Of the 6,330 dipnetters surveyed in Kenai this year, 90 percent said they live elsewhere.
That is one of the surprising facts contained in the 2007 Dipnet Report to be presented to the city council Wednesday, according to City Manager Rick Koch.
Only 3 percent of those surveyed said they live in Kenai. The remaining 7 percent reside elsewhere on the Kenai Peninsula.
With cumulative revenues of $200,343, this was the busiest dipnet fishery to date, and the report said Saturday, July 21, was "the busiest day in the history of the fishery."
The dipnet fishing season ran from 6 a.m. July 10 to midnight July 31 on the Kenai River.
With the elevated participation this year came higher costs namely for portable restroom services and extra challenges ranging from parking issues to pedestrian traffic on the dunes and litter, according to Parks and Recreation Director Bob Frates.
Fee shack attendants randomly surveyed dipnet participants, Frates said, and from the total revenues, it appears about one-third were surveyed.
In response to beach litter, damage to the dunes and parking lot overcrowding, the city administration will make recommendations to the council as to how some of the revenues should be spent.
One recommendation is to purchase 5,000 feet of fencing to protect dunes and vegetated wetlands from pedestrian and motorized traffic. Thirty signs reading: "Keep off Dunes $100 Fine" and "Keep off Wetlands $100 Fine" also would be purchased.
Administration also is recommending two additional seasonal enforcement officers and one public safety officer be hired to provide extra support to Kenai police officers. The public safety officer would be a year-round position supporting police officers, the animal control department and the city's code enforcement officer.
Garbage and fish waste service improvements to the tune of $12,500 are on the list as well. Administration is recommending that $7,500 be donated to a non-profit organization or school sports booster club that is willing to perform regular litter patrol and cleanup duties on the south shore as it does on north beach during dipnet season.
Roll-on, roll-off 20 to 30-yard Dumpsters would be placed on Kenai Avenue and on Dunes Road and pairs of trash and fish-waste receptacles would be placed at 400-foot intervals along both shores.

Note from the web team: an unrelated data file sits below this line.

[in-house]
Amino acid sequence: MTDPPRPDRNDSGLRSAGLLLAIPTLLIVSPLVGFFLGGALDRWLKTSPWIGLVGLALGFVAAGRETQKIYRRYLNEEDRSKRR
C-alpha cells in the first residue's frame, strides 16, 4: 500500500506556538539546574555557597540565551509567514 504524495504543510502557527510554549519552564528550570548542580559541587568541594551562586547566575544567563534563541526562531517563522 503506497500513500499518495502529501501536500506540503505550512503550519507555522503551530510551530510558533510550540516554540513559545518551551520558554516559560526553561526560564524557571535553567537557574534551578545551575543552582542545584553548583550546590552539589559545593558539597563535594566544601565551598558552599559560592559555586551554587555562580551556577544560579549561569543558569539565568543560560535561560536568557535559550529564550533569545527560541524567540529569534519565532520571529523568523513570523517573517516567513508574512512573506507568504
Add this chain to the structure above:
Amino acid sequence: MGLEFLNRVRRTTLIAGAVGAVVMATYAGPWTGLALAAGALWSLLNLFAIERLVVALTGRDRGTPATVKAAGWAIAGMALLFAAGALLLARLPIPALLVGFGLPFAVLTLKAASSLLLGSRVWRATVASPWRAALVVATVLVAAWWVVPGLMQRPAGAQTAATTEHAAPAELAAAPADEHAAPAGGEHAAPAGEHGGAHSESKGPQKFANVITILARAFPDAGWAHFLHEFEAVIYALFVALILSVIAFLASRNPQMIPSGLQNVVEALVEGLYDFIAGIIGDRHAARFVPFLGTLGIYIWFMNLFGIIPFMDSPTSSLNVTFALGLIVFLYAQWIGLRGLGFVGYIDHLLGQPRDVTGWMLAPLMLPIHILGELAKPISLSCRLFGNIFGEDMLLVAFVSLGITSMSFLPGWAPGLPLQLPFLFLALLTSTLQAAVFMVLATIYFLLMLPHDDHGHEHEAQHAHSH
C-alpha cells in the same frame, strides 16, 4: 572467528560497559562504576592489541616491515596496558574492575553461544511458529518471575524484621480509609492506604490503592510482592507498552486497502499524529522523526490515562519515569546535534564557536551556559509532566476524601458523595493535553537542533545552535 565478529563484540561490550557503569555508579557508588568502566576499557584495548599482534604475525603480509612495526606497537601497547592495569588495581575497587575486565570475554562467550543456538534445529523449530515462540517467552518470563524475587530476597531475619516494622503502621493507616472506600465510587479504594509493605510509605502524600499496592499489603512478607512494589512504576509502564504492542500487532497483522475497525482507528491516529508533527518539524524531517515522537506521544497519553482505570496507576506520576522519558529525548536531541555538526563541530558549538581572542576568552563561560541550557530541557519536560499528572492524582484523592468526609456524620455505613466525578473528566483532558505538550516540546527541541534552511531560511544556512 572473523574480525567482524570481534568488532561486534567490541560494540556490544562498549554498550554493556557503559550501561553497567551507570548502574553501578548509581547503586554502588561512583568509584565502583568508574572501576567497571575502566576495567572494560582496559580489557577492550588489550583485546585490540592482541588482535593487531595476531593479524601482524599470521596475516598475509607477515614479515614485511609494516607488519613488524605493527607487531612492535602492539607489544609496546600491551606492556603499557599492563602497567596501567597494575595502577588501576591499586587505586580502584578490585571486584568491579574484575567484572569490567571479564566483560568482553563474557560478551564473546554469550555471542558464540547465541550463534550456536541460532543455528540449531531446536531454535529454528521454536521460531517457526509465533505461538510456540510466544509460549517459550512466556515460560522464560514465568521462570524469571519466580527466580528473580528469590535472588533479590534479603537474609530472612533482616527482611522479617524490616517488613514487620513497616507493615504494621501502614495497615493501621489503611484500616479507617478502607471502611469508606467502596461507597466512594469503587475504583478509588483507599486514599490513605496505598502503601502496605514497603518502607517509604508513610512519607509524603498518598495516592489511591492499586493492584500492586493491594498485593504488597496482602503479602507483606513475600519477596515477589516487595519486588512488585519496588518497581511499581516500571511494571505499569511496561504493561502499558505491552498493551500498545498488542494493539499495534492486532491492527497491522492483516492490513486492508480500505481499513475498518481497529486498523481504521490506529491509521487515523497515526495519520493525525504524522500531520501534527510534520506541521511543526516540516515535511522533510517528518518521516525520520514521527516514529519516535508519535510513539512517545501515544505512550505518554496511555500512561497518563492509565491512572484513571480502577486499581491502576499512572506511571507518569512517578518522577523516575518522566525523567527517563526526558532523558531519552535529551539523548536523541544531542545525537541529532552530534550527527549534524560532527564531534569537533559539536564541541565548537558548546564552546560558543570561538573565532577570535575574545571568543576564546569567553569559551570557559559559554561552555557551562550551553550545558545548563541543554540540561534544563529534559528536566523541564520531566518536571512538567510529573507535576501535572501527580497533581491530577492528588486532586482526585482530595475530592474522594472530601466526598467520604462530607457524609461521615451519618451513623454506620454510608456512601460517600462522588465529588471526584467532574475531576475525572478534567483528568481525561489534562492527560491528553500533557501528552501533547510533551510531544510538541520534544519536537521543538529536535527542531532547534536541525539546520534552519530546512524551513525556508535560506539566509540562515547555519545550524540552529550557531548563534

The total cost of administration recommendations is approximately $75,000.
The Kenai Police Department, this year, responded to 153 calls for service related to the 2007 dipnet fishery, the majority of which were to pick up cash from the pay shacks or iron rangers.
Eighteen vehicles were impounded, nearly all for parking violations; and four people were arrested for crimes including driving under the influence on an all-terrain vehicle.
The police reported no deaths or serious injuries this year, and no one drove over a pay shack as one group did at south beach last year. The booth was unoccupied at the time.
This year, part of one parking lot needed to be evacuated while the Kenai Fire Department responded to a report of propane leaking from a recreational vehicle. No injuries were reported.
City department expenses singled out for the dipnet fishery included $4,590 for police, which includes pay for 34.5 hours of police presence and 90 hours for seasonal enforcement officers; $60,089 for Parks and Rec, including $18,900 for portable toilets and $10,250 for Dumpsters; and $11,210 for boating facility expenses, including an additional $1,500 for portable toilets and $500 for Dumpsters.
The Public Works Department also spent $30,855, including $18,721 for operations and $12,134 for capital construction. Dock ramps needed to be set and removed, mud must be removed from the ramps annually and concrete barricades needed to be placed at the end of Main Street for traffic control.
Last year, with an abbreviated dipnet fishery due to low salmon runs, the city took in $110,489 in cumulative revenues. The preceding year, which was a full season, brought in $173,464 the previous high year.
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